At midnight, most of the ship’s company go for a walk further up the bay through a bog to look at more bones. We trash the fragile lichens and saxifrage underfoot. The massive boneyard – of beluga whales hunted in the early 20th century – is under deep snow. Once, the living animals were ‘thick’ in the fjord; now there are none.

Monday 2 June, Recherche glacier. Industrial archaeology, ocean currents, slowing time in order to see.

The Noorderlicht anchors near Recherche glacier, named after the French ship La Recherche which undertook the first expedition to Svalbard for purely scientific purposes in the 1830s. This French expedition was probably the first to carry skilled artists who would bring back high-quality images of what they found.

On shore are the twisted remains of cabins built by the Northern Exploration Company, a British enterprise of the early 1900s. They came looking for iron, tried to persuade the British government to annex the islands, failed, and went bankrupt.

David Buckland, our expedition leader, tells me a little bit about his work, and the inspiration for this trip. He is fascinated by the world’s deep ocean currents: how they may be changing, and what this could mean. Could the ‘tongue’ of Arctic water that makes Svalbard as warm as many places 20 degrees further south shut off?

David’s imagination is fired by research at Britain’s Hadley Centre, where they build climate models that integrate both oceanographic and biological change. As an artist and photographer, he uses photographic processes of the early 19th century. ‘People process, consume and move on from photographs in a fraction of a second. One of the things I want to do is slow this process down so that people really start to see’.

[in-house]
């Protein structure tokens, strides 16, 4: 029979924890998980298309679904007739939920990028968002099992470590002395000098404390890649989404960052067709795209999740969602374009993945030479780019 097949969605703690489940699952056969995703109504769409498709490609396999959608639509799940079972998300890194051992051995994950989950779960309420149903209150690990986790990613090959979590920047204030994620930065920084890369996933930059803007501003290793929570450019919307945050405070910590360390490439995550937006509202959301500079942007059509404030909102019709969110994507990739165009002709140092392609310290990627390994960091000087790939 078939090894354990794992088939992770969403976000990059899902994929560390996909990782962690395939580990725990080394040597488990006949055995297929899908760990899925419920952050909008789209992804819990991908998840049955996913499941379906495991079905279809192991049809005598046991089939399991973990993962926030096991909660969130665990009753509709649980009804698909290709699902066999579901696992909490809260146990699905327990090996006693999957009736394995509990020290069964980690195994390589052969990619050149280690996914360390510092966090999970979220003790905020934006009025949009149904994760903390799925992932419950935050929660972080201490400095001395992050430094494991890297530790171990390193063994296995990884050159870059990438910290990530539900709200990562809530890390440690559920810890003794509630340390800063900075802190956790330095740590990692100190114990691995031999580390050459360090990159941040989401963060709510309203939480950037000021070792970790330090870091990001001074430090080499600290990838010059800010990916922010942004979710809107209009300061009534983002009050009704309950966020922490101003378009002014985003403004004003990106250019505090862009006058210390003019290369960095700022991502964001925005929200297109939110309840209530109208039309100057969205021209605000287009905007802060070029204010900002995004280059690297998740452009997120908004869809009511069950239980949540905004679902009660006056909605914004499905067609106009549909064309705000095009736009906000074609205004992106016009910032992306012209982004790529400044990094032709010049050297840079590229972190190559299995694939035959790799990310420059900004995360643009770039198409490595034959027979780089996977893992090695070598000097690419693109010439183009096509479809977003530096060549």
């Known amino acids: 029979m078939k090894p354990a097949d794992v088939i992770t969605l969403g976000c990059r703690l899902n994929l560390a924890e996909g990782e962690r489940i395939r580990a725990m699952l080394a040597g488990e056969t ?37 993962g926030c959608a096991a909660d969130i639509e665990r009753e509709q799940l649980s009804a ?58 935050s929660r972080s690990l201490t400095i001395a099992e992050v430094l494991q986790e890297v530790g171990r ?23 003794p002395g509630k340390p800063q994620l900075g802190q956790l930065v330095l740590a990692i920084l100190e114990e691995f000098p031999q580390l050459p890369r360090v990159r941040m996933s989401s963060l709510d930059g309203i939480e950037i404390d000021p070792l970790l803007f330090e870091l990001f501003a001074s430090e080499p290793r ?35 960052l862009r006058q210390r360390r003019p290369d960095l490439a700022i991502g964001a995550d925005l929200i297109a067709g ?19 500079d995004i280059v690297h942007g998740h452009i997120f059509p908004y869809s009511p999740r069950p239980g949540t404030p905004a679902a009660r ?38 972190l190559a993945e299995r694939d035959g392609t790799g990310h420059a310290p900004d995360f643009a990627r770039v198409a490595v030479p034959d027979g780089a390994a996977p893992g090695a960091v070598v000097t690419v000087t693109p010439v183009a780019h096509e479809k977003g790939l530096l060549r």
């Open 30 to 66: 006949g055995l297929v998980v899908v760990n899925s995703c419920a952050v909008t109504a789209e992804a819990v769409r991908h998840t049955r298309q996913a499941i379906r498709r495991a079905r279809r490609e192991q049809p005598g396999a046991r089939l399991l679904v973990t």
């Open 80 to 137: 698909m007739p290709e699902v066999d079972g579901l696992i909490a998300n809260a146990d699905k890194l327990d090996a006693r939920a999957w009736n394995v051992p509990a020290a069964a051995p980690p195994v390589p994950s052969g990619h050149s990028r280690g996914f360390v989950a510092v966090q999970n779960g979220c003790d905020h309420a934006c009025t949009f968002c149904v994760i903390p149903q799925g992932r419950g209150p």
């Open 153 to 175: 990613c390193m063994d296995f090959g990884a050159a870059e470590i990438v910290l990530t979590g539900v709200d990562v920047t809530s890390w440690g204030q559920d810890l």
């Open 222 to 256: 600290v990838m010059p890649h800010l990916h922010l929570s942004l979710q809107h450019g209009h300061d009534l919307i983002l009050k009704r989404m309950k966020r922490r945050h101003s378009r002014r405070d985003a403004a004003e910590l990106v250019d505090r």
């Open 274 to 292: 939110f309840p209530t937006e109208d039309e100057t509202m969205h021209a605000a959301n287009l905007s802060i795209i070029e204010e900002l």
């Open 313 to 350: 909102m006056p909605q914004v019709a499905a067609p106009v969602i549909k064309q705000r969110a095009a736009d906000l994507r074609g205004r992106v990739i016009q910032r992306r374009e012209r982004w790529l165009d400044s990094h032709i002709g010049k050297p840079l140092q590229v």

Svalbard remains a world centre for scientific exploration of all kinds. This includes the impacts of climate change (according to the Norwegian Polar Institute, ‘there is no concrete evidence that marine ecosystems have been affected by global warming’; but ‘large natural fluctuations could be masking the signals of climate change’), ecosystem management and degradation (the Barents Sea, including the waters around Svalbard, is one of the world’s most important fishing areas; and persistent organic pollutants (Pops) from the industrial world are reaching alarming concentrations in wildlife).

The trends in the polar climate are uncertain. But change seems likely. There is no ‘elsewhere’ in the environment and the human footprint is only increasing. Resting after the day I read a report of a new study from the European Union which predicts that worldwide emissions of carbon dioxide will double within thirty years. By 2030 the world will be more dependent on fossil fuels than it is today, and that the proportion of energy from renewable sources will be declining (‘Expect a hot polluted future’ New Scientist, 24 May 2003). One of the main reasons is a likely doubling in the use of coal, which will remain abundant while the price of more carbon efficient oil and gas rises.

Sailing towards the Norwegian settlement of Longyearbyen, the Noorderlicht passes Barentsburg, a Russian coal-mining town that spews out massive clouds of black smoke across the sound, staining the snow dark grey for miles around.

Part six: Conserving the sea’s bounty

Tuesday 3 June. Longyearbyen, polar bear stories and environmental politics.

We sail into Longyearbyen, the largest permanent settlement on Svalbard (about 1,500 of the 2,500 people who live on these islands are in this town and another 900 or so are in Barentsberg. The total land area of Svalbard is roughly the same as Scotland). It’s a brilliant sunny day: the world seems kind.

Longyearbyen, named after an American magnate named Longyear, started as a coal-mining town in the early 20th century. Only one of the seven mines is still working, but wooden pylons that used to carry the cables systems for transporting coal from the mountains to the port still march across the steep rocks and scree around the valley.

Today, Longyearbyen is a tidy and prosperous place. Tourism and science are the two growth industries. The tax regime is generous, and the quality of life is high. There are extraordinarily large numbers of children, given the size of the community and given that these are Europeans in a time of demographic decline.